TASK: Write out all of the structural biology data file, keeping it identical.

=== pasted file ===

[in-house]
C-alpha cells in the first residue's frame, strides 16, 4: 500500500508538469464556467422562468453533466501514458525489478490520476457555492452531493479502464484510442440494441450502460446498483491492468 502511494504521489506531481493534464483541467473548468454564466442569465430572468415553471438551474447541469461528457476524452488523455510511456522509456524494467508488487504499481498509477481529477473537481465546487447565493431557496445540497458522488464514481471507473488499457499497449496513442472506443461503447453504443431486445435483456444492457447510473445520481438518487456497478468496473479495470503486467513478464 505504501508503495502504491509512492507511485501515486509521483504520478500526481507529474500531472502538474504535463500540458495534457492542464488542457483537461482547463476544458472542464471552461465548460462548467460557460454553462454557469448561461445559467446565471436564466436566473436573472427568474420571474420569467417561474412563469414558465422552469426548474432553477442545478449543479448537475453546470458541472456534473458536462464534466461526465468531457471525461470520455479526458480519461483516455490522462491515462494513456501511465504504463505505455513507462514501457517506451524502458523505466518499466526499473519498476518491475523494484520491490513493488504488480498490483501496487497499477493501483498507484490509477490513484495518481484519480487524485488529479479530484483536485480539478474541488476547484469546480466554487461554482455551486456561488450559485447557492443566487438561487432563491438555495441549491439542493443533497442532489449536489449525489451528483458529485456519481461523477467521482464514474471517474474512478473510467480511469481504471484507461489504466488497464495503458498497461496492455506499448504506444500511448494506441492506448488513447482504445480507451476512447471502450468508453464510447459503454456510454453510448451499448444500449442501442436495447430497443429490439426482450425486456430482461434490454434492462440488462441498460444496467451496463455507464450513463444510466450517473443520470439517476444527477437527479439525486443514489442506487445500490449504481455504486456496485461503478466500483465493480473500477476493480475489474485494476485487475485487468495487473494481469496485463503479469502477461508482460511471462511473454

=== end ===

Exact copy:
[in-house]
C-alpha cells in the first residue's frame, strides 16, 4: 500500500508538469464556467422562468453533466501514458525489478490520476457555492452531493479502464484510442440494441450502460446498483491492468 502511494504521489506531481493534464483541467473548468454564466442569465430572468415553471438551474447541469461528457476524452488523455510511456522509456524494467508488487504499481498509477481529477473537481465546487447565493431557496445540497458522488464514481471507473488499457499497449496513442472506443461503447453504443431486445435483456444492457447510473445520481438518487456497478468496473479495470503486467513478464 505504501508503495502504491509512492507511485501515486509521483504520478500526481507529474500531472502538474504535463500540458495534457492542464488542457483537461482547463476544458472542464471552461465548460462548467460557460454553462454557469448561461445559467446565471436564466436566473436573472427568474420571474420569467417561474412563469414558465422552469426548474432553477442545478449543479448537475453546470458541472456534473458536462464534466461526465468531457471525461470520455479526458480519461483516455490522462491515462494513456501511465504504463505505455513507462514501457517506451524502458523505466518499466526499473519498476518491475523494484520491490513493488504488480498490483501496487497499477493501483498507484490509477490513484495518481484519480487524485488529479479530484483536485480539478474541488476547484469546480466554487461554482455551486456561488450559485447557492443566487438561487432563491438555495441549491439542493443533497442532489449536489449525489451528483458529485456519481461523477467521482464514474471517474474512478473510467480511469481504471484507461489504466488497464495503458498497461496492455506499448504506444500511448494506441492506448488513447482504445480507451476512447471502450468508453464510447459503454456510454453510448451499448444500449442501442436495447430497443429490439426482450425486456430482461434490454434492462440488462441498460444496467451496463455507464450513463444510466450517473443520470439517476444527477437527479439525486443514489442506487445500490449504481455504486456496485461503478466500483465493480473500477476493480475489474485494476485487475485487468495487473494481469496485463503479469502477461508482460511471462511473454